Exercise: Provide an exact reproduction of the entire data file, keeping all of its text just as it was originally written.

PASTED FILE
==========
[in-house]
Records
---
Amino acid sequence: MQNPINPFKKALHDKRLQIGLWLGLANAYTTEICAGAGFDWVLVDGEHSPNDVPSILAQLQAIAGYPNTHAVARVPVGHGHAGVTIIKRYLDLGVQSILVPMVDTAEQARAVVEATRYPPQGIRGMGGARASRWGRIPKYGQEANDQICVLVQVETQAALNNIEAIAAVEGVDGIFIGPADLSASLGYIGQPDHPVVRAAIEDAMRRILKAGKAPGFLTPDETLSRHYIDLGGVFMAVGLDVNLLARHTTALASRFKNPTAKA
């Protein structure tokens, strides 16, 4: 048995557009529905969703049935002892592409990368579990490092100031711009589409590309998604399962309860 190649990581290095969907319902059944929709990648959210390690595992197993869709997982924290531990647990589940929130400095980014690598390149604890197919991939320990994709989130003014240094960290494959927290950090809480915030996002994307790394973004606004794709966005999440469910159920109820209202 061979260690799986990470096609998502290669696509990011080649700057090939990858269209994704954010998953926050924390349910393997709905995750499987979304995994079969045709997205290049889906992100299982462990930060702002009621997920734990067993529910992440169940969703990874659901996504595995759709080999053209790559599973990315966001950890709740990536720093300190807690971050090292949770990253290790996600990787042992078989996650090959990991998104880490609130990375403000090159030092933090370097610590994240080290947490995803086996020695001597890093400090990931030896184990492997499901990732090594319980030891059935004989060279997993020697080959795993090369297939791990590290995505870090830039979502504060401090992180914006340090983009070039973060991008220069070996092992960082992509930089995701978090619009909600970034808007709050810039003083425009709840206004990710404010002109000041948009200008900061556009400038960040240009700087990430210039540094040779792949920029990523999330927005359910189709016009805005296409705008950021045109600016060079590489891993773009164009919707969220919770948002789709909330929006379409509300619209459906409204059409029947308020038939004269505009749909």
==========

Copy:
[in-house]
Records
---
Amino acid sequence: MQNPINPFKKALHDKRLQIGLWLGLANAYTTEICAGAGFDWVLVDGEHSPNDVPSILAQLQAIAGYPNTHAVARVPVGHGHAGVTIIKRYLDLGVQSILVPMVDTAEQARAVVEATRYPPQGIRGMGGARASRWGRIPKYGQEANDQICVLVQVETQAALNNIEAIAAVEGVDGIFIGPADLSASLGYIGQPDHPVVRAAIEDAMRRILKAGKAPGFLTPDETLSRHYIDLGGVFMAVGLDVNLLARHTTALASRFKNPTAKA
């Protein structure tokens, strides 16, 4: 048995557009529905969703049935002892592409990368579990490092100031711009589409590309998604399962309860 190649990581290095969907319902059944929709990648959210390690595992197993869709997982924290531990647990589940929130400095980014690598390149604890197919991939320990994709989130003014240094960290494959927290950090809480915030996002994307790394973004606004794709966005999440469910159920109820209202 061979260690799986990470096609998502290669696509990011080649700057090939990858269209994704954010998953926050924390349910393997709905995750499987979304995994079969045709997205290049889906992100299982462990930060702002009621997920734990067993529910992440169940969703990874659901996504595995759709080999053209790559599973990315966001950890709740990536720093300190807690971050090292949770990253290790996600990787042992078989996650090959990991998104880490609130990375403000090159030092933090370097610590994240080290947490995803086996020695001597890093400090990931030896184990492997499901990732090594319980030891059935004989060279997993020697080959795993090369297939791990590290995505870090830039979502504060401090992180914006340090983009070039973060991008220069070996092992960082992509930089995701978090619009909600970034808007709050810039003083425009709840206004990710404010002109000041948009200008900061556009400038960040240009700087990430210039540094040779792949920029990523999330927005359910189709016009805005296409705008950021045109600016060079590489891993773009164009919707969220919770948002789709909330929006379409509300619209459906409204059409029947308020038939004269505009749909």